The first year of marriage is the hardest. It's one of those wedding-related clichés that's so oft-repeated it starts to lose all meaning, or else it's something you always assumed only applied to young couples who didn't bunk up before tying the knot. But, much like the idea that your wedding day flies by in about 10 minutes (totally true, by the way!), this concept has merit, says relationship expert Rachel Sussman. Still, that doesn't mean you're doomed to 12 months of squabbles and staring wistfully at your picture-perfect wedding album. The licensed New York City therapist walks us through the most common stumbling blocks and how to scale them.
The problem: You aren't used to cohabitation.
Navigating a shared space is all about setting defined roles, says Sussman. Otherwise, "It can be confusing: 'Who's supposed to do this? Who's supposed to do that?'" Along with talking about who will tackle household chores—he's got the laundry? Maybe you should volunteer for bathroom duty—you should discuss how you'll handle shopping for food, making dinner, and who will serve as point person when it comes to making plans with pals.
The problem: You've never shared finances.
Fights about money can be costly, admits the pro, which is why it's key to sit down and have a major talk about how you prefer to spend your hard-earned cash. "Oftentimes you will find that one person's a saver and one person's a spender," explains Sussman. "And when you have different philosophies on money, couples tend to shame each other with labels such as 'cheap' or 'reckless' or 'irresponsible.'" To prevent the name-calling, she suggests future spouses have a master budget meeting where they lay out the money they bring in after taxes and what they have left after expenses. (See: rent or mortgage, utilities, food, and other necessities.) Then, they should talk about how they'd ideally use leftover dough. "One person might say, 'Spend it all, let's go on vacations,'" says Sussman, "While another might say, 'No I want it all in the bank.' Then we talk about that and try to meet in the middle." Once it's set, commit to monthly budget check-ins to stay on track.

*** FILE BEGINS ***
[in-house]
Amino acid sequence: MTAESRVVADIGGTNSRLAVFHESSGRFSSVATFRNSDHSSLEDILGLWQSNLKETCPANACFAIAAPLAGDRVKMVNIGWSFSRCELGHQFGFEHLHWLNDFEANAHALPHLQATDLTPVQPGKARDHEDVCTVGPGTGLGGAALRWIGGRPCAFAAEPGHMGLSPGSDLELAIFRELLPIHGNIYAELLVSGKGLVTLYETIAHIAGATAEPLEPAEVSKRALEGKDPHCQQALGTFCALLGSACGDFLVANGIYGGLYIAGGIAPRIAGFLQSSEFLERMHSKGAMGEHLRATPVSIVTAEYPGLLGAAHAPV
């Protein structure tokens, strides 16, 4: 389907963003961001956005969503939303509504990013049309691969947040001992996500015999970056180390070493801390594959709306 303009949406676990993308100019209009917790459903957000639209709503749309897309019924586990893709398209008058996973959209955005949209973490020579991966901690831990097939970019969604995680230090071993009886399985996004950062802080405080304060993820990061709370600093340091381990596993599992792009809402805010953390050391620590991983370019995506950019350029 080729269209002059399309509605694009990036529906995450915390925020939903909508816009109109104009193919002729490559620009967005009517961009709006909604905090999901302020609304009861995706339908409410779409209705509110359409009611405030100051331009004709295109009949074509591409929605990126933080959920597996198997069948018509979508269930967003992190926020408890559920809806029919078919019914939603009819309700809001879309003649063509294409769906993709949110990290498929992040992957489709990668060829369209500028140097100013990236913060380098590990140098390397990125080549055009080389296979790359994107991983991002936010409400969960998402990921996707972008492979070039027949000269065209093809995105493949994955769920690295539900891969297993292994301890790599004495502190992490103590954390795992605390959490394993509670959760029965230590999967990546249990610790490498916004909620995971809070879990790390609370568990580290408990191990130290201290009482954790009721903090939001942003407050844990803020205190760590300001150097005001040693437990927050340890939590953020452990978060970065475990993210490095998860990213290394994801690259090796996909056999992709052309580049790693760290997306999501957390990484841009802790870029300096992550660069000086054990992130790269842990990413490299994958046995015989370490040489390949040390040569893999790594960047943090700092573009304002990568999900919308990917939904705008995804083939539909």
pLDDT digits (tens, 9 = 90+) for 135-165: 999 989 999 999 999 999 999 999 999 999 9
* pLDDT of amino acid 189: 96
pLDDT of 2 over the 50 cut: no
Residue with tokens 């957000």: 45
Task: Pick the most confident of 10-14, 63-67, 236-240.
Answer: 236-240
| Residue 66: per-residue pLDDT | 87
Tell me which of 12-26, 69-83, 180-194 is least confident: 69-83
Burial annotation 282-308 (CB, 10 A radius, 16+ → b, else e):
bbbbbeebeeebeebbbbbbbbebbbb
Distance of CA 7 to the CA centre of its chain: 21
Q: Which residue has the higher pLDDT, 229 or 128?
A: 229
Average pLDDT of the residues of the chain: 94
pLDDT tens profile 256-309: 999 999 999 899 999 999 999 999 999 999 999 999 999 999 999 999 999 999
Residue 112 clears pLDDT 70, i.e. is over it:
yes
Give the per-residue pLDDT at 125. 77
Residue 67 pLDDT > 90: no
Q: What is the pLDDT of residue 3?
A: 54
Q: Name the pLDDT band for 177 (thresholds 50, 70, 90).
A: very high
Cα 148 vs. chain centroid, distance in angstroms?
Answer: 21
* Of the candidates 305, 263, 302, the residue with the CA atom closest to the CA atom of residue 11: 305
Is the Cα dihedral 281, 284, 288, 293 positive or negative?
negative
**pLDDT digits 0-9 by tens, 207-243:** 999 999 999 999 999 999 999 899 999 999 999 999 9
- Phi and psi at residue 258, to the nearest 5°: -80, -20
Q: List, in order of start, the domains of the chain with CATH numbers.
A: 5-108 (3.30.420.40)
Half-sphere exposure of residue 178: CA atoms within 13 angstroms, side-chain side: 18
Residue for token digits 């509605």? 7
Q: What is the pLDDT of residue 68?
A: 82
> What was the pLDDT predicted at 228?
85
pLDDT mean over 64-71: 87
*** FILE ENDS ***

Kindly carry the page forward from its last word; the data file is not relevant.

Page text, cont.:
The problem: You've got the post-honeymoon blues.
Coming off the high of celebrating your love with family and friends and then jetting off on a tropical vacay for two can be tough, admits Sussman: "It feels like you're getting back into the grind of life." Combat that sadness by finding a fun way to mark your six-month and one-year anniversaries or talk about other plans you can make throughout those first 12 months. Whether it's another pal's wedding or a summer getaway with friends, says the expert, "You just want to find things you can look forward to."
The problem: You're fighting with in-laws.
Maybe your significant other's mom always kind of annoyed you and now you realize you're tied to her for life. Or you butted heads throughout the planning process and you're still feeling sort of bitter. "That takes a toll," notes Sussman. "You can power through it, but then afterwards you might have a lot of resentment over the way someone behaved." After you've unpacked your wedding gifts, she advises mentioning your annoyances to your new spouse: "It's a good time to say, 'Hey, how are we both doing with each of our families? Did they help us celebrate in a proper way or is there anything that needs to be worked out before we launch.'"
The problem: You never dealt with old issues.
According to Sussman, research shows that when couples get divorced, the issues that ended them often existed before they stepped food down the aisle. And while it can be easy to ignore obstacles when you're waist deep in taffeta, once you're married, issues become magnified. Says the pro, "A lot of people will confess to me that it's just scarier now because there's more at stake." She recommends using your new marriage as a reason to take a fresh look at an old problem. If hashing it out yourselves isn't working—troubling signs include resorting to insults, highly escalated emotions, or just fighting about the same thing over and over—think about sitting down with a counselor. "One of you has got to say, 'Look, if we can't figure this out on our own, we should go to an expert,'" she says. "That's what experts are there for. It doesn't mean your marriage is broken, but if you don't deal with it, it could get broken."